THE MELANCHOLY OF RESISTANCE is a challenging book: the text is dense and the sentences long, and the story's events are depicted with immense detail and a steady realism.

On a dark, snowy night a huge truck carrying a stuffed whale chugs into a provincial Hungarian town. People gather round, seemingly enchanted by the strange attraction. However, rumours quickly spread about its purpose for being there, and slowly but surely normal life spins into a night of chaos as local superstitions, paranoia, resentments and opportunism are inflamed.

The story focuses on three characters: Valuska (a naive free-spirit), Mr Eszter (a reclusive professor), and Mrs Eszter (a Machiavellian figure obsessed with gaining power), and it's these three portrayals that are the book's strongest aspect.

The story itself is a slow-burner: events aren't rushed or presented in an unnatural way, and a criticism might be that things are drawn out a little too much at times, especially in the middle. That said, there is no doubt that the intricacy of the telling, plus the overall dark realism, has a captivating quality and an epic feel.
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Format: Paperback Verified Purchase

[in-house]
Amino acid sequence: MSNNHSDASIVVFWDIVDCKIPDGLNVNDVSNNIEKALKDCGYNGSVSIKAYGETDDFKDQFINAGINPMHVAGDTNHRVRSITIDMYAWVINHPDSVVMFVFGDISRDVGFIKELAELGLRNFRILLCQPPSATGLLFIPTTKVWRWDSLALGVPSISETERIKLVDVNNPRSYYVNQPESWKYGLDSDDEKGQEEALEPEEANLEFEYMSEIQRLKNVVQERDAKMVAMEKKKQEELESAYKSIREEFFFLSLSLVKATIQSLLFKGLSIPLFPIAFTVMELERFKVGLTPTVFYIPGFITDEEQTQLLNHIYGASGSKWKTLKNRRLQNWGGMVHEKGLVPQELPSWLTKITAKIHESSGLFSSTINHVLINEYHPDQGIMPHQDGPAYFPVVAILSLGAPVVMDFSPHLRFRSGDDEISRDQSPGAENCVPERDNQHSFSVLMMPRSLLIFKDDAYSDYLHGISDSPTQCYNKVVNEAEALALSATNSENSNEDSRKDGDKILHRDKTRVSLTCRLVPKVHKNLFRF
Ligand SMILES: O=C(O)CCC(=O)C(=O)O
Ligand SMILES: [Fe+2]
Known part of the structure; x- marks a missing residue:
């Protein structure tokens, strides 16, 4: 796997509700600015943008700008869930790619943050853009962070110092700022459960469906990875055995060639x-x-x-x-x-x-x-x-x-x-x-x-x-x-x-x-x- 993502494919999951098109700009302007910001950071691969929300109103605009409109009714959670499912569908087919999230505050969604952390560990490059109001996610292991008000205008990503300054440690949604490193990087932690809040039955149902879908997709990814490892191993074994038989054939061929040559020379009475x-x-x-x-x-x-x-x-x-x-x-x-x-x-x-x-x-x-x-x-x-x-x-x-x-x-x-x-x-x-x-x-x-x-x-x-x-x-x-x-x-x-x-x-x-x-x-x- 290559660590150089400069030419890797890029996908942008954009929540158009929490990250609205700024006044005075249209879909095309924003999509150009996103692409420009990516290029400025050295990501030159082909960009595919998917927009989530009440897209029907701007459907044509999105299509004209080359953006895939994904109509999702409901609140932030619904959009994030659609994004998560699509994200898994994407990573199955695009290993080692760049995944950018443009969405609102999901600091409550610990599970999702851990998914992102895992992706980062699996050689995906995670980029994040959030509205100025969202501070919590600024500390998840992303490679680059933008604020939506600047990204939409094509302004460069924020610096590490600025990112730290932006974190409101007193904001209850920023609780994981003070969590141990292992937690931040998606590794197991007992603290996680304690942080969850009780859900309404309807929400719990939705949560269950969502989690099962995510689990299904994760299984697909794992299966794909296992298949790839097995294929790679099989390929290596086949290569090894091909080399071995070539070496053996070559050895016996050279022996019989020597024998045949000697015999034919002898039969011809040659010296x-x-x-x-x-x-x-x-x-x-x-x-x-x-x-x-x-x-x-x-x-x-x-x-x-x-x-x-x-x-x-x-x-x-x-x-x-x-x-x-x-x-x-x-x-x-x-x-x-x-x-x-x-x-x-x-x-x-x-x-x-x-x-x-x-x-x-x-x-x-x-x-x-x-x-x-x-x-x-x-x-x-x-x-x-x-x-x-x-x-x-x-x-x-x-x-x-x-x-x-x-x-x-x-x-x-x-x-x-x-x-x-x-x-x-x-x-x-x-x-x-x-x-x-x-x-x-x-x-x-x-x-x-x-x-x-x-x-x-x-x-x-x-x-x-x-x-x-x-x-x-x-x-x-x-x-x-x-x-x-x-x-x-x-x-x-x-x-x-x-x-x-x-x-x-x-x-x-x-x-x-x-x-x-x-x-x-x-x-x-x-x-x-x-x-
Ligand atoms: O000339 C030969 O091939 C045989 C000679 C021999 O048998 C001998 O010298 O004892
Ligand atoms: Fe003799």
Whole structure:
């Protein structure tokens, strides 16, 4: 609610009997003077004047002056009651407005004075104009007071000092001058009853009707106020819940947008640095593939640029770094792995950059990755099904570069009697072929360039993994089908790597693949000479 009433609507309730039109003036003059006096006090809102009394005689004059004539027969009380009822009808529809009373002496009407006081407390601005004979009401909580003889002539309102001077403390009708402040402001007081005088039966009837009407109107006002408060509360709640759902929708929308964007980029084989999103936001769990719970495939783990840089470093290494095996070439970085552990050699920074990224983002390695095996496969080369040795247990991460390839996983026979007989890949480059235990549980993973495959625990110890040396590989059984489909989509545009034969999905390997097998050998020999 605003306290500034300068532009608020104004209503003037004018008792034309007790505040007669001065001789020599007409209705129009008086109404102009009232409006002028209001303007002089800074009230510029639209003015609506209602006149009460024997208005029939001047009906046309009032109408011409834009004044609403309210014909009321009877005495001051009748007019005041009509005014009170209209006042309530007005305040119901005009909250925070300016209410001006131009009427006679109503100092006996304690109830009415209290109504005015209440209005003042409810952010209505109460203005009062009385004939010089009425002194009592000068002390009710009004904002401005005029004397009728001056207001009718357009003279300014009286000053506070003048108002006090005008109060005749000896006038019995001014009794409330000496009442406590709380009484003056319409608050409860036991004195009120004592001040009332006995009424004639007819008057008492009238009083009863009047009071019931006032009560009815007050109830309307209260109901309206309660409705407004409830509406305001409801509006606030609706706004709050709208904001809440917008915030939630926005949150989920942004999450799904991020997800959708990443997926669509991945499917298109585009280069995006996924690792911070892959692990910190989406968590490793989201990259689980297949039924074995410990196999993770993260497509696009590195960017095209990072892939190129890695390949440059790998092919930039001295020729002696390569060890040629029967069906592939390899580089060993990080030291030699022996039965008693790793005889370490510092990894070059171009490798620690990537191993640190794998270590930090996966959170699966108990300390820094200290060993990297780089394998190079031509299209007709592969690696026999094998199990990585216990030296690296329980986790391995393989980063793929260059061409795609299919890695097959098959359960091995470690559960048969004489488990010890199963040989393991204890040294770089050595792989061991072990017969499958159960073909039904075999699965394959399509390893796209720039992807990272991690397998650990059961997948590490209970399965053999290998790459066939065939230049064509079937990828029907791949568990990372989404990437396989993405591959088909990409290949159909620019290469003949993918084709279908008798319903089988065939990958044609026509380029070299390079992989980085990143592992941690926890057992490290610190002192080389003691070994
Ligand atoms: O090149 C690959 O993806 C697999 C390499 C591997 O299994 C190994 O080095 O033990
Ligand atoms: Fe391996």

This is a great novel. Mind you, it's not easy to read.
The narration takes you into a surreal world, a nightmare version of a dusty town. The narration is flowing in and out of the minds of the dreamlike characters. This novel is about impending changes and the fears relating to these changes. It's especially interesting to read this now with the world in such a state of economical and social upheaval.
The characters are all somewhat existing on their margins, their fears, feelings are so much like what we probably have in the bottom of our souls; it sometimes leaves me speechless.
You shouldn't be looking for symbols, etc in this text, it's more complex than that, the stuffed whale, the square with the touts are all images, feelings from somewhere very primordial, you have to feel this novel.